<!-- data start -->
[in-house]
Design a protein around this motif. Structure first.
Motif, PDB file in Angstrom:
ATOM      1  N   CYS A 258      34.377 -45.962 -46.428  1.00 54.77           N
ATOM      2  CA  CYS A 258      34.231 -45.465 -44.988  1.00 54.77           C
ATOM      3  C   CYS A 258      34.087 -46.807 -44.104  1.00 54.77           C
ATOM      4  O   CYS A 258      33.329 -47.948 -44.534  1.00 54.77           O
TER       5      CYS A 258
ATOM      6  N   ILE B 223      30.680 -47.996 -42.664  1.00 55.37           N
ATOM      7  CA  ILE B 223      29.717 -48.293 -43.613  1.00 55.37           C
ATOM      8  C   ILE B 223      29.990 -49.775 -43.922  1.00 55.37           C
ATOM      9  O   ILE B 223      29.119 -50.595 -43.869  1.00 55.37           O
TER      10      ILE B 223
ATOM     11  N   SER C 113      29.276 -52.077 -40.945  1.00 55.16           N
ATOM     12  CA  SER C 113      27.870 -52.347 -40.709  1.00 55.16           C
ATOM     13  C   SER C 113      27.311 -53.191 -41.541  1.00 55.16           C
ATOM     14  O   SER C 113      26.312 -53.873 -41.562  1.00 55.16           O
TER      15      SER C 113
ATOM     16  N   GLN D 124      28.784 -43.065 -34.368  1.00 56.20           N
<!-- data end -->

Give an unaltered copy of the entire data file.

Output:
[in-house]
Design a protein around this motif. Structure first.
Motif, PDB file in Angstrom:
ATOM      1  N   CYS A 258      34.377 -45.962 -46.428  1.00 54.77           N
ATOM      2  CA  CYS A 258      34.231 -45.465 -44.988  1.00 54.77           C
ATOM      3  C   CYS A 258      34.087 -46.807 -44.104  1.00 54.77           C
ATOM      4  O   CYS A 258      33.329 -47.948 -44.534  1.00 54.77           O
TER       5      CYS A 258
ATOM      6  N   ILE B 223      30.680 -47.996 -42.664  1.00 55.37           N
ATOM      7  CA  ILE B 223      29.717 -48.293 -43.613  1.00 55.37           C
ATOM      8  C   ILE B 223      29.990 -49.775 -43.922  1.00 55.37           C
ATOM      9  O   ILE B 223      29.119 -50.595 -43.869  1.00 55.37           O
TER      10      ILE B 223
ATOM     11  N   SER C 113      29.276 -52.077 -40.945  1.00 55.16           N
ATOM     12  CA  SER C 113      27.870 -52.347 -40.709  1.00 55.16           C
ATOM     13  C   SER C 113      27.311 -53.191 -41.541  1.00 55.16           C
ATOM     14  O   SER C 113      26.312 -53.873 -41.562  1.00 55.16           O
TER      15      SER C 113
ATOM     16  N   GLN D 124      28.784 -43.065 -34.368  1.00 56.20           N